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Advanced breast cancer edges up in younger women

Dr. Rebecca Johnson, a cancer specialist at Seattle Children’s Hospital is the lead author of a new study that shows that advanced breast cancer cases have increased slightly among young women, a 33-year analysis suggests.
Dr. Rebecca Johnson, a cancer specialist at Seattle Children’s Hospital is the lead author of a new study that shows that advanced breast cancer cases have increased slightly among young women, a 33-year analysis suggests.
Published Feb. 27, 2013

Advanced breast cancer has increased slightly among young women, a 33-year analysis suggests. The disease is still uncommon among women younger than 40, and the small change has experts scratching their heads about possible reasons.

The results are potentially worrisome because young women's tumors tend to be more aggressive than older women's, and they're much less likely to get routine screening for the disease.

Still, that doesn't explain why there would be an increase in advanced cases, and the researchers and other experts say more work is needed to find answers.

It's likely that the increase has more than one cause, said Dr. Rebecca Johnson, the study's lead author and medical director of a teen and young adult cancer program at Seattle Children's Hospital.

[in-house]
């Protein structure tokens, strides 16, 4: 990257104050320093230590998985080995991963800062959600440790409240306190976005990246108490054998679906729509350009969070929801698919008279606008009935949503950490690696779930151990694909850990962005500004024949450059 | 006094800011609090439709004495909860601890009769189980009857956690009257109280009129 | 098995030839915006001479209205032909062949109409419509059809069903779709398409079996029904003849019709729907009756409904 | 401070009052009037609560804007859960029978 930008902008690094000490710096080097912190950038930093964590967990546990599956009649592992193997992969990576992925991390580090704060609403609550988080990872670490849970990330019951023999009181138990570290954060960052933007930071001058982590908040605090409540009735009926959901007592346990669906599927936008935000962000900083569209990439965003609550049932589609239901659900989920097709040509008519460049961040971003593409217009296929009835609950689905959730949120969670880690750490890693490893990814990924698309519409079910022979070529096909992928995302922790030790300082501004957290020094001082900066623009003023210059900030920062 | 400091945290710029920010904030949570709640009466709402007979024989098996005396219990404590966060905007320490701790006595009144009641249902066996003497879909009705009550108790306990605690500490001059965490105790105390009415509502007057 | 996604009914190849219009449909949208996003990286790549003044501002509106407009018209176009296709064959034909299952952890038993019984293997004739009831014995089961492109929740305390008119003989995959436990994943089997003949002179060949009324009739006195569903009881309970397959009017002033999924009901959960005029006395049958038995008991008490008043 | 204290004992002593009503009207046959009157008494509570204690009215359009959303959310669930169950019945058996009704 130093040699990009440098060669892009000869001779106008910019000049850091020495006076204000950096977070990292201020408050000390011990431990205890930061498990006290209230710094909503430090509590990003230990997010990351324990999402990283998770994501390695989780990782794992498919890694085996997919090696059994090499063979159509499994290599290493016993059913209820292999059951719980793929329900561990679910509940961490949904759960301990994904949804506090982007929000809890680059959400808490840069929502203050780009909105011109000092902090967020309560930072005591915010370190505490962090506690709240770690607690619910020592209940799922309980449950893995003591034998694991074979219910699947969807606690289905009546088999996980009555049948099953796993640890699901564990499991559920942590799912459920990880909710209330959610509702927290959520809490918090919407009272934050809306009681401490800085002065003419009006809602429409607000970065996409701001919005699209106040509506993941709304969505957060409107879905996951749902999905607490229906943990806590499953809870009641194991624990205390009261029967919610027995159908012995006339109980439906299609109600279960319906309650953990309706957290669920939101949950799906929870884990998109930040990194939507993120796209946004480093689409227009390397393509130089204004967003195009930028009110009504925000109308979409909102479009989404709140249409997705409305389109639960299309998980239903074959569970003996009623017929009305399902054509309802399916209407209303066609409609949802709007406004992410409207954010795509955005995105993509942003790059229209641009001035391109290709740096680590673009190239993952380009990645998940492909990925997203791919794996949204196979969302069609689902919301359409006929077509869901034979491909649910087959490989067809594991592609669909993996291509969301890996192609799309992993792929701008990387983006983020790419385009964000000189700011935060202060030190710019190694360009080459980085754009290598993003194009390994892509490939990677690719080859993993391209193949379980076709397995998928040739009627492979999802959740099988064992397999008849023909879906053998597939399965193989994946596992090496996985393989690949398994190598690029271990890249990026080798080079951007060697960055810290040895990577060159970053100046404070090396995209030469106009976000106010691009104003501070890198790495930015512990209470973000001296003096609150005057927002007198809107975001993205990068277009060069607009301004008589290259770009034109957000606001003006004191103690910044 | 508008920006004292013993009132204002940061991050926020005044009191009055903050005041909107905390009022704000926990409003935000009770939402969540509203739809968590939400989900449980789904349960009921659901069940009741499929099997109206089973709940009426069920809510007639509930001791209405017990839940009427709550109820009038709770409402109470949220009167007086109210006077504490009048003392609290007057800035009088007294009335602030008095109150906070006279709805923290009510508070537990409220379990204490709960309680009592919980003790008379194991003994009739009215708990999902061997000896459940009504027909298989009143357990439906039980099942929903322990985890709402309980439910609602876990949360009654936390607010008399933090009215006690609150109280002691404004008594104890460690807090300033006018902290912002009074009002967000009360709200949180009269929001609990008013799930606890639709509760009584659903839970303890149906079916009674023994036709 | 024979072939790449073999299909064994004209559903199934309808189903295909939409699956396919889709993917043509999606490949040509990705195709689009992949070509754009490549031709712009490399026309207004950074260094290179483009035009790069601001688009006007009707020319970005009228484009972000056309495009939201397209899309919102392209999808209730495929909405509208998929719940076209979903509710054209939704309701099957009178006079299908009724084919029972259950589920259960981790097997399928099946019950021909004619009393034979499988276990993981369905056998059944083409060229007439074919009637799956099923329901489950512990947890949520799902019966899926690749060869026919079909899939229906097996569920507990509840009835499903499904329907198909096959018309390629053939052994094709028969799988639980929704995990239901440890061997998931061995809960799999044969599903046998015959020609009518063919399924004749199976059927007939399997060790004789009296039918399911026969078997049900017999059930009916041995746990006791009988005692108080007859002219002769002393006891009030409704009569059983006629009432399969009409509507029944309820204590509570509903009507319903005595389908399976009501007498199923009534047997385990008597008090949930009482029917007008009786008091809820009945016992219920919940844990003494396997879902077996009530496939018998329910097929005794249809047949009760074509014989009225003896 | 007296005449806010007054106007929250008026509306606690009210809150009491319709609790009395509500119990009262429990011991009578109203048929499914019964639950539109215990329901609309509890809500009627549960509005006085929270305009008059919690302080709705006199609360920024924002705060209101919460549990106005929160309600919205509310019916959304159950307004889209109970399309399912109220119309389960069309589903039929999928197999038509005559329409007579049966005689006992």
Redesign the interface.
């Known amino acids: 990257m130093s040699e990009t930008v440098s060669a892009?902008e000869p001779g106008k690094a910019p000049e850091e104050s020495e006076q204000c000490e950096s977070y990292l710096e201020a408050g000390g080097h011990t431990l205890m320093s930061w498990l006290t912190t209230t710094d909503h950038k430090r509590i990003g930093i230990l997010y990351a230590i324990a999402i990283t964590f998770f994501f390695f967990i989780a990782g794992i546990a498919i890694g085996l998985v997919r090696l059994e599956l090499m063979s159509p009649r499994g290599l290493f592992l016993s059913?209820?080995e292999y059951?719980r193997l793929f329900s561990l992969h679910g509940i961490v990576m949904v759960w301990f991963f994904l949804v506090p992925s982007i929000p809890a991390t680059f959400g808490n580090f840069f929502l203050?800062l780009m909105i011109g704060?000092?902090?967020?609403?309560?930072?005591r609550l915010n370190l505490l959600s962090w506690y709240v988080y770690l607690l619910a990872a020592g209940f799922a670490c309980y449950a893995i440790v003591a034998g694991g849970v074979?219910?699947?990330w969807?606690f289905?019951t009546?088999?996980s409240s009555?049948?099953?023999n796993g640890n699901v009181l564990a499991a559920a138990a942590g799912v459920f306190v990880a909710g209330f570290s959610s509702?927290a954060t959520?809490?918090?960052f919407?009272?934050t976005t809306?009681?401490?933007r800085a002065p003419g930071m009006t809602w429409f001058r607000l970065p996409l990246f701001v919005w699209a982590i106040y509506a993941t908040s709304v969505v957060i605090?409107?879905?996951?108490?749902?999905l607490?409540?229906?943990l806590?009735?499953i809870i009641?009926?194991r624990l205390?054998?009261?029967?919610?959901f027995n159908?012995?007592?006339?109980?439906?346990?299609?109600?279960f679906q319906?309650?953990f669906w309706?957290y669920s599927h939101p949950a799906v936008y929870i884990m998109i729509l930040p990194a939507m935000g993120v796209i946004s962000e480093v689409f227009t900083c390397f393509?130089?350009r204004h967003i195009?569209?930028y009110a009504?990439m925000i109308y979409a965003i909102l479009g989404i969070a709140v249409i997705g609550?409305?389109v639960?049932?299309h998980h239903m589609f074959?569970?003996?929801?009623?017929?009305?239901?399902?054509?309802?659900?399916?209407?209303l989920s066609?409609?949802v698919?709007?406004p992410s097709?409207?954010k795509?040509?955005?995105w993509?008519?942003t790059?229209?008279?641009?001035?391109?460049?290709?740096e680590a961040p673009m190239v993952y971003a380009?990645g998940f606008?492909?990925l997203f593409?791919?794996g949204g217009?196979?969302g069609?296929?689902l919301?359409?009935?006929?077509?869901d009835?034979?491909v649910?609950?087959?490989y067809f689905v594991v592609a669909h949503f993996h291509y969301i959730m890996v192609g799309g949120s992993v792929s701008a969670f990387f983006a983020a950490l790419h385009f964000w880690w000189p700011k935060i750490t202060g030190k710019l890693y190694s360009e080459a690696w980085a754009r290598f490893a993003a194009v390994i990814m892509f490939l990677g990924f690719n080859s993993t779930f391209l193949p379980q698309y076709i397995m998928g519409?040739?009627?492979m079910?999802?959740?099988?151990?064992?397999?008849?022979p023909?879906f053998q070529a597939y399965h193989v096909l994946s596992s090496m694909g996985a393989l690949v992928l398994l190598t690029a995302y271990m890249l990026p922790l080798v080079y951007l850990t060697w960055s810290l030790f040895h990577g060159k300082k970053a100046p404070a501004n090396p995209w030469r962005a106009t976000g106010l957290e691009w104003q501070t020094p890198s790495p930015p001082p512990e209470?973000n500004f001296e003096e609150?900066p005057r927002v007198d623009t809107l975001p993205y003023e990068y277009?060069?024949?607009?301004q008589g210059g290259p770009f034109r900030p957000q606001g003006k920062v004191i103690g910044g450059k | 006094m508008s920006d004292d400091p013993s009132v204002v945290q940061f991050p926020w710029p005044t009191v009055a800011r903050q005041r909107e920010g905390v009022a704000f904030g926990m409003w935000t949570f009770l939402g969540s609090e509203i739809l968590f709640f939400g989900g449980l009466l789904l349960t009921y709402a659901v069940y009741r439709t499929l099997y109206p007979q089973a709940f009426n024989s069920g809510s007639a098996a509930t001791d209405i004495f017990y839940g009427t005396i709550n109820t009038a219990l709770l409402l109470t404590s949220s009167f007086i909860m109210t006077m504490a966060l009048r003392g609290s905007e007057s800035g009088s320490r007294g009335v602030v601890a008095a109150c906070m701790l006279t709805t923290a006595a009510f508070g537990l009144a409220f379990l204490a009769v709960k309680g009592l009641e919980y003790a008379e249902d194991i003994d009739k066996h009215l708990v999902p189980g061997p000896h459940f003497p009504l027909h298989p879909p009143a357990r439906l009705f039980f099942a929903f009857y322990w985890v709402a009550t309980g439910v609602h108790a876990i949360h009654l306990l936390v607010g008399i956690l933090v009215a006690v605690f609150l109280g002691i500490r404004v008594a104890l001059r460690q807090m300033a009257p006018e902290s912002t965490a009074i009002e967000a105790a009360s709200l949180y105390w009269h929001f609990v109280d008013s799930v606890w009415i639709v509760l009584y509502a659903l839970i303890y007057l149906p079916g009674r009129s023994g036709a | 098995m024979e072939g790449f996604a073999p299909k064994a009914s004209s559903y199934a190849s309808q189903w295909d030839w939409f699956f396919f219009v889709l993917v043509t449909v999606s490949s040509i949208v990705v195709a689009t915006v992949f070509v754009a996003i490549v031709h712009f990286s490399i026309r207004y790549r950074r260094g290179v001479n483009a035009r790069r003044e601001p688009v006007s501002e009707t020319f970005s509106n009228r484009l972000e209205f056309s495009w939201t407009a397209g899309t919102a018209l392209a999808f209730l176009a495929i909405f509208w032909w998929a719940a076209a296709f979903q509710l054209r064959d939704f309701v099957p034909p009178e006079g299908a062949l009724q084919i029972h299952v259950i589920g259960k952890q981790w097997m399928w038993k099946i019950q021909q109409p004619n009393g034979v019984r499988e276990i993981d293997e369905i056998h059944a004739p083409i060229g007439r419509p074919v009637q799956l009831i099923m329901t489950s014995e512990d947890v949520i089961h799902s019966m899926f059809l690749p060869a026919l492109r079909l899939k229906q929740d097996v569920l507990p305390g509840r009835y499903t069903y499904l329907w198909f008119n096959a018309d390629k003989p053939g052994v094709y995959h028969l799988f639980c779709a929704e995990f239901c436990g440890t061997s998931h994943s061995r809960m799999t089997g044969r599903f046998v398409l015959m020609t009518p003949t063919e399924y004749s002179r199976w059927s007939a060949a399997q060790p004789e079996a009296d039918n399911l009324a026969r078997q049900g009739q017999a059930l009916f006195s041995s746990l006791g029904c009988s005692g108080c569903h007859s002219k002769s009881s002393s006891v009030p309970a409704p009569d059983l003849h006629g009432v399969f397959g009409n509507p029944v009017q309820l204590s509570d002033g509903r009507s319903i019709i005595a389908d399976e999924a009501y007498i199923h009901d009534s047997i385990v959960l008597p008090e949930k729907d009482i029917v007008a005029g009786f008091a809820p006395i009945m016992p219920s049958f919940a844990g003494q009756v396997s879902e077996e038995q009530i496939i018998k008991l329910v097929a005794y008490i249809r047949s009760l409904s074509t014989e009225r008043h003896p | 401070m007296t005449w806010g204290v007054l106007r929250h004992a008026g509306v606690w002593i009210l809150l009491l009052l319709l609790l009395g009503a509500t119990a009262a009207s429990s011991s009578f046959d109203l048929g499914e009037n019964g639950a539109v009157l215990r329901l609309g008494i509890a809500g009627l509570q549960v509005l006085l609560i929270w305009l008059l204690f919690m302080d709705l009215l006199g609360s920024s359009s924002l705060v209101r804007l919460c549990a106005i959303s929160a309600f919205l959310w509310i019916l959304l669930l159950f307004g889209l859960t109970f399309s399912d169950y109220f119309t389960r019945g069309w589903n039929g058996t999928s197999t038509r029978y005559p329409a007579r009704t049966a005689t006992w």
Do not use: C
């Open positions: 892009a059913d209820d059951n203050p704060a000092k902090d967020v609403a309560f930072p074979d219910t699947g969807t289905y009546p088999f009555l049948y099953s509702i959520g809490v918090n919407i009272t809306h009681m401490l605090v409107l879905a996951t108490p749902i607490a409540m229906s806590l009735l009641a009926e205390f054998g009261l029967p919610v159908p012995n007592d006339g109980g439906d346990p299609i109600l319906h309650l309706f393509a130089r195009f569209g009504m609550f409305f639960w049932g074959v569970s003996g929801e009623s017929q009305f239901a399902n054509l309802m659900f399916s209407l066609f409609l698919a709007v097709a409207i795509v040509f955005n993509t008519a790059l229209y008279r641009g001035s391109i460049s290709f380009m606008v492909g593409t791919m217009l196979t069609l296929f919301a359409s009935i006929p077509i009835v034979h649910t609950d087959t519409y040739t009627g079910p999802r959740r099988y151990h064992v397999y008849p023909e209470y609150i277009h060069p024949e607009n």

"The change might be due to some sort of modifiable risk factor, like a lifestyle change" or exposure to some sort of cancer-linked substance, she said.

Johnson said the results translate to about 250 advanced cases diagnosed in women younger than 40 in the mid 1970s versus more than 800 in 2009. During those years, the number of women nationwide in that age range went from about 22 million to closer to 30 million — an increase that explains part of the study trend "but definitely not all of it," Johnson said.

The authors reviewed a U.S. government database of cancer cases from 1976 to 2009. The study was published Tuesday in the Journal of the American Medical Association.

Dr. Ann Partridge, chairwoman of the federal Centers for Disease Control and Prevention's advisory committee on breast cancer in young women, said the study shouldn't cause alarm. Still, she said young women should be familiar with their breasts and see the doctor if they notice any lumps or other changes.